As parents, we hold the goal for our children to be happy and get along well with others. Learning to share is one of the first challenges facing young children learning to play with others. Here are a few ideas to consider as you work on finding your way of introducing this social skill.

Whenever possible, include your child in choices of what to share. Most adults have possessions they would prefer not to pass around. Expecting your child to welcome and give others free access to all their “treasures” may be met with understandable resistance. Before play dates, choose, with your child, which toys to put away and which to leave out to share. This approach might also soothe disputes between siblings.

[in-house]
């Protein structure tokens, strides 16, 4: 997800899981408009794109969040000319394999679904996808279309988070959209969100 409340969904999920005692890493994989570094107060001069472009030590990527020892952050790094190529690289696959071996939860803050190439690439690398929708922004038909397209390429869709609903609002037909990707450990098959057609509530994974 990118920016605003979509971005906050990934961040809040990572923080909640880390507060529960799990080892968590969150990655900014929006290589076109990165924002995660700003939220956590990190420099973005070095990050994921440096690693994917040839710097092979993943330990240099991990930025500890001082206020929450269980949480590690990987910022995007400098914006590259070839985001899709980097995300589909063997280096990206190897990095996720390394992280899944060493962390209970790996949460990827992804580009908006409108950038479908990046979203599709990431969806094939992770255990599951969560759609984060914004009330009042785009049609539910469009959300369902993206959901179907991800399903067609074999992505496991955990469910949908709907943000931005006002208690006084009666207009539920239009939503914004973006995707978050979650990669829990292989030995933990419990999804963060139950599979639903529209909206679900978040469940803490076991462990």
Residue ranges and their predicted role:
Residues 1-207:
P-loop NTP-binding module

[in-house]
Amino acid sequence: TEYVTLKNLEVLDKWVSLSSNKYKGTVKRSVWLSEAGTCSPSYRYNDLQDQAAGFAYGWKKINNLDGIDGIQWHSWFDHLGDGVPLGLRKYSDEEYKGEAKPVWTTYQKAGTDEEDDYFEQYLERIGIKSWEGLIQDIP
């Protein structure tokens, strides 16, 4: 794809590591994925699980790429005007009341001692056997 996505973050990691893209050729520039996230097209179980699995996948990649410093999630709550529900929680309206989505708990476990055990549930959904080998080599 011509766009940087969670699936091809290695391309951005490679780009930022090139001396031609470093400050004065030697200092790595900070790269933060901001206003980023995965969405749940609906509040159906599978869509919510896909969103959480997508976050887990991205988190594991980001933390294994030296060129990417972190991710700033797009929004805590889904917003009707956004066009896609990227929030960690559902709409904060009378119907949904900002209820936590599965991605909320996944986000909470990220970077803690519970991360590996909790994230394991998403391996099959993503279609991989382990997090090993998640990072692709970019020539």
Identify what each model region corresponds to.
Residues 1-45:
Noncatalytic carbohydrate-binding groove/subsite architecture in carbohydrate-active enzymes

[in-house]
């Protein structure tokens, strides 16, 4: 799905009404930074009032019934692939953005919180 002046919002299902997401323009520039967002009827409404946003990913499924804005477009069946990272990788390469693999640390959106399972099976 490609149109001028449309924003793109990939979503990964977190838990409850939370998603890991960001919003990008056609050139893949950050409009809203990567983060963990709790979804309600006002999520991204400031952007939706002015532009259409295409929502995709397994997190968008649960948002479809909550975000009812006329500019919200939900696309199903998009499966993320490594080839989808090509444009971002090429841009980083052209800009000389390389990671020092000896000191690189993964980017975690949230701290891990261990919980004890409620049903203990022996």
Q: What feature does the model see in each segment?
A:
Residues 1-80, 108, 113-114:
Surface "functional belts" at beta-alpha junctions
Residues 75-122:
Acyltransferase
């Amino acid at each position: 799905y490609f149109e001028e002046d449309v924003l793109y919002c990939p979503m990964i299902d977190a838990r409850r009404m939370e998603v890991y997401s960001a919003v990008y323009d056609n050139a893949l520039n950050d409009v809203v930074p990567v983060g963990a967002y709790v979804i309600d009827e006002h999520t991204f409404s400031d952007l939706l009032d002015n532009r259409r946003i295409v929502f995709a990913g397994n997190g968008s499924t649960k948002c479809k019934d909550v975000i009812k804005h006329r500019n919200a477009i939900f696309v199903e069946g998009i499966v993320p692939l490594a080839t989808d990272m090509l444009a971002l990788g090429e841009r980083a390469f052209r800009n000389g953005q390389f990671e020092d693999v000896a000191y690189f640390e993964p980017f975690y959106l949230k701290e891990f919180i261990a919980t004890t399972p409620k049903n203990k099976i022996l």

Very young children are more likely to play independently side by side. They also commonly suffer from that “green grass complex” and find what others are playing, most desirable. Since children are constantly learning, even what at play, they want and need to be able to complete an activity. Pushing them to allow others into their immediate space, to “share” before they are finished with their process can and does cause frustration. They may even become anxious around other children and more possessive of toys. Taking turns comes before sharing. When you are hosting a playtime for more than one child, make available several activity choices and support and insist on taking turns. The time and effort involved will be worth the eventual cooperation. When meltdowns occur and patience flees, take a nice ice-cream break.